This proposal aims to determine the contribution of the complement system to pathology in an alpha- synuclein based, mouse model of Parkinson disease (PD). Our lab has pursued the idea that alpha-synuclein, an intracellular protein abnormally aggregated in PD brains, is a trigger for innate immune system activation associated with PD. We have shown that targeted overexpression of alpha-synuclein in the substantia nigra of mice driven by an adeno-associated virus vector (AAV-SYN) recapitulates the microgliosis and slow progressive cell death observed in human PD. Additionally, knocking out microglial Fc-gamma-receptors reduces alpha-synuclein induced neuronal degeneration, suggesting an innate immunity-based disease mechanism. The proposed research attempts to build upon this characterization, by investigating the hypothesis that activation of the complement cascade is required for mediating the dopaminergic neurotoxicity of alpha-synuclein in vivo. First, we will determine whether alpha synuclein can lead to complement activation in our AAV-SYN mouse model of PD. We will measure expression of complement system proteins and mRNAs in mice injected with AAV-SYN or a control AAV vector (AAV-GFP) at 2 and 4 weeks post-injection. Next, we will determine the effect of alpha-synuclein on microglial expression of complement components and receptors, and microglial effector function. We will measure changes in mRNA and protein expression of complement components expressed by microglia, changes in surface complement receptors by flow cytometry, changes in phagocytosis by commercially available assays, and changes in cytokine expression by ELISA. Lastly, we will test the rationale that blocking the complement system will reduce inflammation and neurodegeneration associated with alpha-synuclein overexpression. We will inject both wild type mice and mice expressing a complement inhibitor (Crry) under an astrocyte-specific promoter with AAV-GFP and AAV- SYN in the substantia nigra. We will assess dopaminergic neuron loss at 6 months post-injection with unbiased stereology, microglial activation at 4 weeks post-injection through immunofluorescence staining and confocal microscopy, and cytokine expression at 2 and 4 weeks post-injection through previously characterized qPCR. The proposed training plan is sponsored by Dr. David Standaert. The overall goal of the training plan is to provide the PI with a solid foundation for a successful career as a physician scientist. Included in the training plan are experiences that help the PI: 1) gain competence in a variety of techniques integrating neurobiology and immunology, 2) collaborate with other scientists, 3) develop hypothesis-driven research, 4) present data in a written and oral format, 5) effectively integrate research with clinic, and 6) responsibly conduct research. Relevance to Public Health: Parkinson disease is the second most common neurodegenerative disorder, and the risk of disease increases with age. At least 3% of the United States population above age 65 is diagnosed with Parkinson disease. However, there are currently no neuroprotective treatments for PD. This proposal aims to provide evidence for a role for the complement system in PD pathology. This study would serve as rationale for the complement system as an innovative target for the development of PD therapies and biomarkers.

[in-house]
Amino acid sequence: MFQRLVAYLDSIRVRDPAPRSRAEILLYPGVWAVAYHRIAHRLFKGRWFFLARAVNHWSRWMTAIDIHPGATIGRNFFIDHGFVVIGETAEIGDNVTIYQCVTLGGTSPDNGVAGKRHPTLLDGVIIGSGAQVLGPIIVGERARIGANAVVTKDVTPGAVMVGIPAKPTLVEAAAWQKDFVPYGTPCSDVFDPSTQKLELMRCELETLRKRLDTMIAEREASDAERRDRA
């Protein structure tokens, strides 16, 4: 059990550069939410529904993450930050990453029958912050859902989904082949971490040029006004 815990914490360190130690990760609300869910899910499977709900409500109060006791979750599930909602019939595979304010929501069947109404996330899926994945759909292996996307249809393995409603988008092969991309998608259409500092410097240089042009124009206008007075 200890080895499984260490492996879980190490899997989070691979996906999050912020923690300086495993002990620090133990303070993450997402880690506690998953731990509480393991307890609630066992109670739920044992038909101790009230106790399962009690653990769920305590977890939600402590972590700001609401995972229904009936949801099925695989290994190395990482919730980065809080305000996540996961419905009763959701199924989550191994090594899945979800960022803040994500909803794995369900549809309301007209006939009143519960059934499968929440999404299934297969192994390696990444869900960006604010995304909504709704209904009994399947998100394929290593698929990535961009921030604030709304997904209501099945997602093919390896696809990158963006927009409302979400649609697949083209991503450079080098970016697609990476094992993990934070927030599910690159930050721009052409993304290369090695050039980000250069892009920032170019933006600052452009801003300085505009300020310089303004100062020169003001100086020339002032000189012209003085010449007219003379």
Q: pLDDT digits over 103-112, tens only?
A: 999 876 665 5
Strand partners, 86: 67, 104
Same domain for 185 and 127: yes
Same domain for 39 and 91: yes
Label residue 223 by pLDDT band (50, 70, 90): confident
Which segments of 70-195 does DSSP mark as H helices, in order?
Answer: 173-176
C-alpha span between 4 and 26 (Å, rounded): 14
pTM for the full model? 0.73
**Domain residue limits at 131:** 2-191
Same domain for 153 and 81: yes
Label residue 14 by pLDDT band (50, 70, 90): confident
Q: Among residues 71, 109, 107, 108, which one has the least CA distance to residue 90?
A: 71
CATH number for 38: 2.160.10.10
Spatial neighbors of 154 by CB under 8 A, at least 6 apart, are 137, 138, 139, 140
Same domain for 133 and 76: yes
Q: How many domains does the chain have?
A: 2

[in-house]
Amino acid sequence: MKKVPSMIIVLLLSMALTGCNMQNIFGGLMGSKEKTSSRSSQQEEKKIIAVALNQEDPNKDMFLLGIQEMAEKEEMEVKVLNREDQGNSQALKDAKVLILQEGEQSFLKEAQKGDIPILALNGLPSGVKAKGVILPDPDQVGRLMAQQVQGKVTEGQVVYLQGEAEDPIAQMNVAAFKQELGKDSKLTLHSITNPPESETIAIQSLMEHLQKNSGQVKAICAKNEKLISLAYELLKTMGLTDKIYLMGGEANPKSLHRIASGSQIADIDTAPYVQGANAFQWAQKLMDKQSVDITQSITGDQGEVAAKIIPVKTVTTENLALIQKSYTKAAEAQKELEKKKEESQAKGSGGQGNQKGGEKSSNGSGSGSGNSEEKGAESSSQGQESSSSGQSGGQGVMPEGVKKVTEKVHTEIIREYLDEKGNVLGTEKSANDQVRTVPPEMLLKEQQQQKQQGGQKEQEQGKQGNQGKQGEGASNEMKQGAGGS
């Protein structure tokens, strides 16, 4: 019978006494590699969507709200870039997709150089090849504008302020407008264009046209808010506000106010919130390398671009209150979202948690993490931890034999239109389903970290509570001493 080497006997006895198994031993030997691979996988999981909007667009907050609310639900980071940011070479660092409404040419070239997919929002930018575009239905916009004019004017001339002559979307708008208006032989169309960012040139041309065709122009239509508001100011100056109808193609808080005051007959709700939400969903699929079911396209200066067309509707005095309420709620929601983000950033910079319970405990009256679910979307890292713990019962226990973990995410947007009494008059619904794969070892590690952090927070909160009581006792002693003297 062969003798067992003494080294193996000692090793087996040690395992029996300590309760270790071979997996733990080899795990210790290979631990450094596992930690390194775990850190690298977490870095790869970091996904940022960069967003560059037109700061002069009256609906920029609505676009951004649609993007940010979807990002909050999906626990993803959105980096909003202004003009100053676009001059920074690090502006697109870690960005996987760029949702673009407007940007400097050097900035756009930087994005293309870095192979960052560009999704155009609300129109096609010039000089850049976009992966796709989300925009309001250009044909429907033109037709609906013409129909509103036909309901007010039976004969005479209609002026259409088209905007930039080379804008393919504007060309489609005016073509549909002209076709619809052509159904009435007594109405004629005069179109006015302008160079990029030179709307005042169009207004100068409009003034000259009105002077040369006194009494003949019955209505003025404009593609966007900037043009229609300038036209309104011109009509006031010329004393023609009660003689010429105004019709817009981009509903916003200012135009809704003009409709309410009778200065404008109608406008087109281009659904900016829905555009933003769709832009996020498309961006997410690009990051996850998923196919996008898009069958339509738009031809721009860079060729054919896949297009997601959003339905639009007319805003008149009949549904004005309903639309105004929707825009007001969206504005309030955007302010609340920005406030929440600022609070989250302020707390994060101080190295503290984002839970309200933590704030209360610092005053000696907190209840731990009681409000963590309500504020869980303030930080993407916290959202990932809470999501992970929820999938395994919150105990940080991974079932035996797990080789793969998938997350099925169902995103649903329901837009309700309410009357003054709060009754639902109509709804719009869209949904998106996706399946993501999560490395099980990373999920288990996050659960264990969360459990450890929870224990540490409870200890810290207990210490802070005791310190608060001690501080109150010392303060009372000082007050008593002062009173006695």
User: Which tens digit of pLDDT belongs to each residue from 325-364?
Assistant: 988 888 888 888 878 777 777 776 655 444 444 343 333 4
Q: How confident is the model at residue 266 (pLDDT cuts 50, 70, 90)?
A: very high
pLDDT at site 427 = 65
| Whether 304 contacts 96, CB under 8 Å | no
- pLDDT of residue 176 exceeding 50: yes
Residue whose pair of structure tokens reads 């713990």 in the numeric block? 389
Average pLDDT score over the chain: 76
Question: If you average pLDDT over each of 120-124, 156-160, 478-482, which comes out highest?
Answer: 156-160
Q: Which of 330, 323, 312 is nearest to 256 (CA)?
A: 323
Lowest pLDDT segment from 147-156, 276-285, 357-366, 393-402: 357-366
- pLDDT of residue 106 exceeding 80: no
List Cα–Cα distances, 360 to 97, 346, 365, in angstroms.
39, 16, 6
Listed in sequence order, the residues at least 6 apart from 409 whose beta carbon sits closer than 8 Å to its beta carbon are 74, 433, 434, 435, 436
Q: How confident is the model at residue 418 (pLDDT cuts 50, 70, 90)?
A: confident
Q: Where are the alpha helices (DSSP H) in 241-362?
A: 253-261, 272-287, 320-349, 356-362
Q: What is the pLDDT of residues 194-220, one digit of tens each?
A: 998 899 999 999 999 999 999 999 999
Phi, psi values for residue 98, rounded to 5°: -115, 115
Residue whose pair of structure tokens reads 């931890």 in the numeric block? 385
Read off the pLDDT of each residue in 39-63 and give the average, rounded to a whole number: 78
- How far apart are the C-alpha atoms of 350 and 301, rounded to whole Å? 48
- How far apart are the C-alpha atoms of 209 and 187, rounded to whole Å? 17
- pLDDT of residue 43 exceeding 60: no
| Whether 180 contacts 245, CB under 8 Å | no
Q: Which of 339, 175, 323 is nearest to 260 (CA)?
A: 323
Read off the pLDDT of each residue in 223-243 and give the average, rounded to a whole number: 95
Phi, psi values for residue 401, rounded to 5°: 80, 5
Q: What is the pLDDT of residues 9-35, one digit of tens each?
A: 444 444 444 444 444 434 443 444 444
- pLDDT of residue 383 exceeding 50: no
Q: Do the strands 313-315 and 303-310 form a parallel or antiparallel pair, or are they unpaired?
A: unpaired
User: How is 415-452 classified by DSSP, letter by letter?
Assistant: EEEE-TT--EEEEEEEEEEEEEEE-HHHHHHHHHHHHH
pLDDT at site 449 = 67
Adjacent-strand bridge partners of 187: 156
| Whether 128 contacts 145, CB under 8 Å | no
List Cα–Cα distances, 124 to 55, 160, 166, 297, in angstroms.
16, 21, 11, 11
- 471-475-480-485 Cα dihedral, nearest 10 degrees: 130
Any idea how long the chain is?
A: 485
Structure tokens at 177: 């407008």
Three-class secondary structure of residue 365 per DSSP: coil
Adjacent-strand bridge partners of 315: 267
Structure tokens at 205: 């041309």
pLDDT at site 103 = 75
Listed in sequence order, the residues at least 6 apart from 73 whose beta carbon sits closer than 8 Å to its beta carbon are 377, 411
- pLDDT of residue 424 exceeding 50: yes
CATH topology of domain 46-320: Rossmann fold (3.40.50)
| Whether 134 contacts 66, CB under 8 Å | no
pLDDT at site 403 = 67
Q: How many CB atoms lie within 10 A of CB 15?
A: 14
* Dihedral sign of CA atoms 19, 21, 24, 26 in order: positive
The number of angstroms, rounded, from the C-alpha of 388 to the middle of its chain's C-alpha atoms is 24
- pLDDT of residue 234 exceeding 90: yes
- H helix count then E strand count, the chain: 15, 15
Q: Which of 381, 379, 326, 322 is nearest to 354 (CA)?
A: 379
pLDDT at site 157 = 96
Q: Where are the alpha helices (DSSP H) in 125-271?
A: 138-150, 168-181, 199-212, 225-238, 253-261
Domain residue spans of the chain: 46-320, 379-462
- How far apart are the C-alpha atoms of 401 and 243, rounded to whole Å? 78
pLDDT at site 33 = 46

Parkinson disease is a progressive neurodegenerative movement disorder that affects 3% of the population over age 65 and results in an economic cost to the United States of more than $35.5 billion dollars annually. All approved treatments only address symptoms of the disease;no treatment is able to prevent further neurodegeneration.
We aim to provide new targets for neuroprotective therapies by characterizing the mechanisms by which the complement system affects pathology in a mouse model of Parkinson disease.
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